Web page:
Before I Start Anything: Hunter’s Education

“All the sounds of this valley run together into one great echo, a song that is sung by all the spirits of this valley.  Only a hunter hears it.” –Chaim Potok

Before I start posting about all my fantastic adventures I am about to embark on, there is something I should mention first.  Without a hunter’s education certificate, hunting is very limited in most places.  In Utah, you can really only fish without taking hunter’s education, and it is required for anyone, resident or non-resident, who was born after 1965. I took hunter’s education online.  You can also find classes.  In both cases, you have to take an instructor led field test.

I signed up for the online course at  The course wasn’t too bad, and it only cost $10.  A lot of people said it was mostly “common sense,” but I felt those comments didn’t completely apply to me.  I had never really held, much less shot, a gun, and I had very limited knowledge about game rules and regulations.  I would study before each quiz, which there were fourteen, and I actually learned quite a bit.  After I completed the quiz, which took me about two weeks since I worked on one quiz a day, I called our local field agent and was scheduled for the field day.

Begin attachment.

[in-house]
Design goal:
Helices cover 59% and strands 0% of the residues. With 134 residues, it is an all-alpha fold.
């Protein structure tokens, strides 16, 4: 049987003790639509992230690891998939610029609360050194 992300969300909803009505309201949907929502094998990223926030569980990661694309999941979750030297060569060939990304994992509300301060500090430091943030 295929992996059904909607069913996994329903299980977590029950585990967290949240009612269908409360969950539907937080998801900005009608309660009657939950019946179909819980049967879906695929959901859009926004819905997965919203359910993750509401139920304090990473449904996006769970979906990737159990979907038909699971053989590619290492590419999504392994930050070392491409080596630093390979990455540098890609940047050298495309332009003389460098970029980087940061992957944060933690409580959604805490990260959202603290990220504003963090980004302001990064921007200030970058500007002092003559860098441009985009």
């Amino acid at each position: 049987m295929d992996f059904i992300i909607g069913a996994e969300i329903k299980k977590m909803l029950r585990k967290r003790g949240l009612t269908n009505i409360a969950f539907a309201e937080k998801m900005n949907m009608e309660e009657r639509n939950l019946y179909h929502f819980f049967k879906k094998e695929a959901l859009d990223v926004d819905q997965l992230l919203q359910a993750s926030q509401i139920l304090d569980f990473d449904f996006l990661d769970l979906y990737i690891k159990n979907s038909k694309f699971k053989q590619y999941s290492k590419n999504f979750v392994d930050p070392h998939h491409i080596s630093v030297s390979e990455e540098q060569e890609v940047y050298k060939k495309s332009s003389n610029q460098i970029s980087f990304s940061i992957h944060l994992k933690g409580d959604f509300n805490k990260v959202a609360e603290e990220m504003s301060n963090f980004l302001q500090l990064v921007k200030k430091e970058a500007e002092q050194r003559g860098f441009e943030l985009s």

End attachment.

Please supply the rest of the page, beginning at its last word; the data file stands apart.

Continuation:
Our instructor held class at his house, which was located at the base of the La Sal mountains.  I left my house at 5am and drove the hour and a half to his beautiful, solid wood cabin.  His house was amazing.  The front of the two-story cabin was nothing but windows.  He had a spotting scope in his upstairs loft where he watched deer, elk, and bears.  The inside was all wood and had a very rustic feel to it.

The first part of the class was held inside on the loft.  We climbed over “fences,” which were baby gates, and watched videos about when it is safe to shoot, being respectful of private land and others, and other general rules.  It was warm and kind of fun.  The second part of the course was not so fun.  While we had been inside crawling over and under the “fences,” it had been snowing outside.  For the second part of the course, you are required to shoot at two different paper targets, a squirrel and rabbit, with your .22, and you have to shoot from thee different positions: standing, sitting, and on your belly.  Laying on your belly in mud and snow to shoot at a paper rabbit is not as fun as it sounds.  Seeing a paper rabbit through snow flakes is not easy either.

After you pass the course, you are given a certificate to mail in for you actual hunter’s card.  This card allows you to apply for all the big game hunts in Utah, as well as small and upland game.  You want to keep a hold of your card.  If you want to hunt in other states you usually will have to supply the hard copy and apply for a transfer of certification.  Information about the hunter education requirements for different states can be found at the following website:

Happy Hunting!

Share This:

Leave a Reply

Your email address will not be published. Required fields are marked *